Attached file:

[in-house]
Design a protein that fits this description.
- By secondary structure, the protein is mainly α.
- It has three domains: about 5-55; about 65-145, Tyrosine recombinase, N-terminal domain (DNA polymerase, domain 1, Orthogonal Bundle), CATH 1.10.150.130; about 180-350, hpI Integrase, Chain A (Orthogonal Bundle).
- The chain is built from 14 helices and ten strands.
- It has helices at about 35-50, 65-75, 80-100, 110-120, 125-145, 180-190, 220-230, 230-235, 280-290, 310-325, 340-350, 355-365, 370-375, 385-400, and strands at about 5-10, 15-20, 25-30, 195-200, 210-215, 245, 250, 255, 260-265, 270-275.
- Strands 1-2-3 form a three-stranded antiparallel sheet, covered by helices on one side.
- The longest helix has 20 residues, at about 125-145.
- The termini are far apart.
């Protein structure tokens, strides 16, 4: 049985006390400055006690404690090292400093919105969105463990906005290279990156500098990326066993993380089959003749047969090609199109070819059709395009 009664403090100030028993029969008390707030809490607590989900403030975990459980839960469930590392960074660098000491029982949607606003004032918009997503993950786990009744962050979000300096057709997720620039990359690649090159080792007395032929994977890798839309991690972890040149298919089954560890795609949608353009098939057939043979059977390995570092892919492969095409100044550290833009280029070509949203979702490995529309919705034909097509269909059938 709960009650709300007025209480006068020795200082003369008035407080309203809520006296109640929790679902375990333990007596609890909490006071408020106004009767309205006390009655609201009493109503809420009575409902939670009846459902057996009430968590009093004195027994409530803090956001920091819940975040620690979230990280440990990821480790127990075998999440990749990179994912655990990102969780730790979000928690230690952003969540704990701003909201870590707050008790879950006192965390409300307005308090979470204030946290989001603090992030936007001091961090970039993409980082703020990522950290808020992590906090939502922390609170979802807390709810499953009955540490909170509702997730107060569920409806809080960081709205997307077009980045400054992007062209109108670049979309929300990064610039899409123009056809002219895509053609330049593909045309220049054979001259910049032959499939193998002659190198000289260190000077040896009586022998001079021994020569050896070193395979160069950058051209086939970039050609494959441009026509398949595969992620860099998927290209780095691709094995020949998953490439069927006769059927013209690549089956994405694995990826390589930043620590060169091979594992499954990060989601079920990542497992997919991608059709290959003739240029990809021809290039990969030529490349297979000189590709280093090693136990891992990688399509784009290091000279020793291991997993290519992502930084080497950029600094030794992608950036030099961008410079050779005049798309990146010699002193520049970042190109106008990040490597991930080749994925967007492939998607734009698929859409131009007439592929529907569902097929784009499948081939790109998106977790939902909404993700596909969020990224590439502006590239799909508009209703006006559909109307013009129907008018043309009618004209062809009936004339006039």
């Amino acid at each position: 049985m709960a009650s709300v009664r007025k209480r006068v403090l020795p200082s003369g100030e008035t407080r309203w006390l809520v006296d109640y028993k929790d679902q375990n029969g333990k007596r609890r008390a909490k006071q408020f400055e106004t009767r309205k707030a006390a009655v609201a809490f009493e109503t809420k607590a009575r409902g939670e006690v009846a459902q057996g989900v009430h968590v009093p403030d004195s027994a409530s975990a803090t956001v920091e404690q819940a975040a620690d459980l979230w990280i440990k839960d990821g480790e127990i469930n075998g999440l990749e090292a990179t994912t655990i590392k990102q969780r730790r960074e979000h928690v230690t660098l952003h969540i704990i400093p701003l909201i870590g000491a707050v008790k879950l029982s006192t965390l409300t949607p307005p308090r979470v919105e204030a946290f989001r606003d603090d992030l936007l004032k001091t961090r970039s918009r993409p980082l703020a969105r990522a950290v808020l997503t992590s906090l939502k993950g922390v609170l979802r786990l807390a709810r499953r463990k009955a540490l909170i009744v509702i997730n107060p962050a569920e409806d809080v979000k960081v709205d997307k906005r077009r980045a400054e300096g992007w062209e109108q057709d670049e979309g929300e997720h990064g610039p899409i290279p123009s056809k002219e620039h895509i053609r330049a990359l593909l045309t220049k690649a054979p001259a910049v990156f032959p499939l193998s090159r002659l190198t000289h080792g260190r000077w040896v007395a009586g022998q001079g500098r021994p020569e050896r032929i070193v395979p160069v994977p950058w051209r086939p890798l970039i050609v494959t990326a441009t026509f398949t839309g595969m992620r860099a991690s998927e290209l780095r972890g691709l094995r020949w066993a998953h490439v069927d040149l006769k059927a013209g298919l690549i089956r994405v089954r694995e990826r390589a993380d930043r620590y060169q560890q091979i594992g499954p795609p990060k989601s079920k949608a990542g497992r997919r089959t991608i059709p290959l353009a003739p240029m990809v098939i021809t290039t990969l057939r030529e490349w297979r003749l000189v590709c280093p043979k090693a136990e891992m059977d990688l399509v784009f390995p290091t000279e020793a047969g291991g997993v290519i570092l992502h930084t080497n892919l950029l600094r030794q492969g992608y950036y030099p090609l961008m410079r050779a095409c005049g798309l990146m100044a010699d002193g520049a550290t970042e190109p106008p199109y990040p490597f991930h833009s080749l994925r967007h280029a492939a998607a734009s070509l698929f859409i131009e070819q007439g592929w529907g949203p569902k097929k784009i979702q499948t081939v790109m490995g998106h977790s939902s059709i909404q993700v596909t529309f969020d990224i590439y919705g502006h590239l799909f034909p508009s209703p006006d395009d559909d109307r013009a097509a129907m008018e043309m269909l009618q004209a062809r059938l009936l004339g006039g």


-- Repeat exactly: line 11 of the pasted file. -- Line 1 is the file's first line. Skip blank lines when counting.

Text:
């Amino acid at each position: 049985m709960a009650s709300v009664r007025k209480r006068v403090l020795p200082s003369g100030e008035t407080r309203w006390l809520v006296d109640y028993k929790d679902q375990n029969g333990k007596r609890r008390a909490k006071q408020f400055e106004t009767r309205k707030a006390a009655v609201a809490f009493e109503t809420k607590a009575r409902g939670e006690v009846a459902q057996g989900v009430h968590v009093p403030d004195s027994a409530s975990a803090t956001v920091e404690q819940a975040a620690d459980l979230w990280i440990k839960d990821g480790e127990i469930n075998g999440l990749e090292a990179t994912t655990i590392k990102q969780r730790r960074e979000h928690v230690t660098l952003h969540i704990i400093p701003l909201i870590g000491a707050v008790k879950l029982s006192t965390l409300t949607p307005p308090r979470v919105e204030a946290f989001r606003d603090d992030l936007l004032k001091t961090r970039s918009r993409p980082l703020a969105r990522a950290v808020l997503t992590s906090l939502k993950g922390v609170l979802r786990l807390a709810r499953r463990k009955a540490l909170i009744v509702i997730n107060p962050a569920e409806d809080v979000k960081v709205d997307k906005r077009r980045a400054e300096g992007w062209e109108q057709d670049e979309g929300e997720h990064g610039p899409i290279p123009s056809k002219e620039h895509i053609r330049a990359l593909l045309t220049k690649a054979p001259a910049v990156f032959p499939l193998s090159r002659l190198t000289h080792g260190r000077w040896v007395a009586g022998q001079g500098r021994p020569e050896r032929i070193v395979p160069v994977p950058w051209r086939p890798l970039i050609v494959t990326a441009t026509f398949t839309g595969m992620r860099a991690s998927e290209l780095r972890g691709l094995r020949w066993a998953h490439v069927d040149l006769k059927a013209g298919l690549i089956r994405v089954r694995e990826r390589a993380d930043r620590y060169q560890q091979i594992g499954p795609p990060k989601s079920k949608a990542g497992r997919r089959t991608i059709p290959l353009a003739p240029m990809v098939i021809t290039t990969l057939r030529e490349w297979r003749l000189v590709c280093p043979k090693a136990e891992m059977d990688l399509v784009f390995p290091t000279e020793a047969g291991g997993v290519i570092l992502h930084t080497n892919l950029l600094r030794q492969g992608y950036y030099p090609l961008m410079r050779a095409c005049g798309l990146m100044a010699d002193g520049a550290t970042e190109p106008p199109y990040p490597f991930h833009s080749l994925r967007h280029a492939a998607a734009s070509l698929f859409i131009e070819q007439g592929w529907g949203p569902k097929k784009i979702q499948t081939v790109m490995g998106h977790s939902s059709i909404q993700v596909t529309f969020d990224i590439y919705g502006h590239l799909f034909p508009s209703p006006d395009d559909d109307r013009a097509a129907m008018e043309m269909l009618q004209a062809r059938l009936l004339g006039g």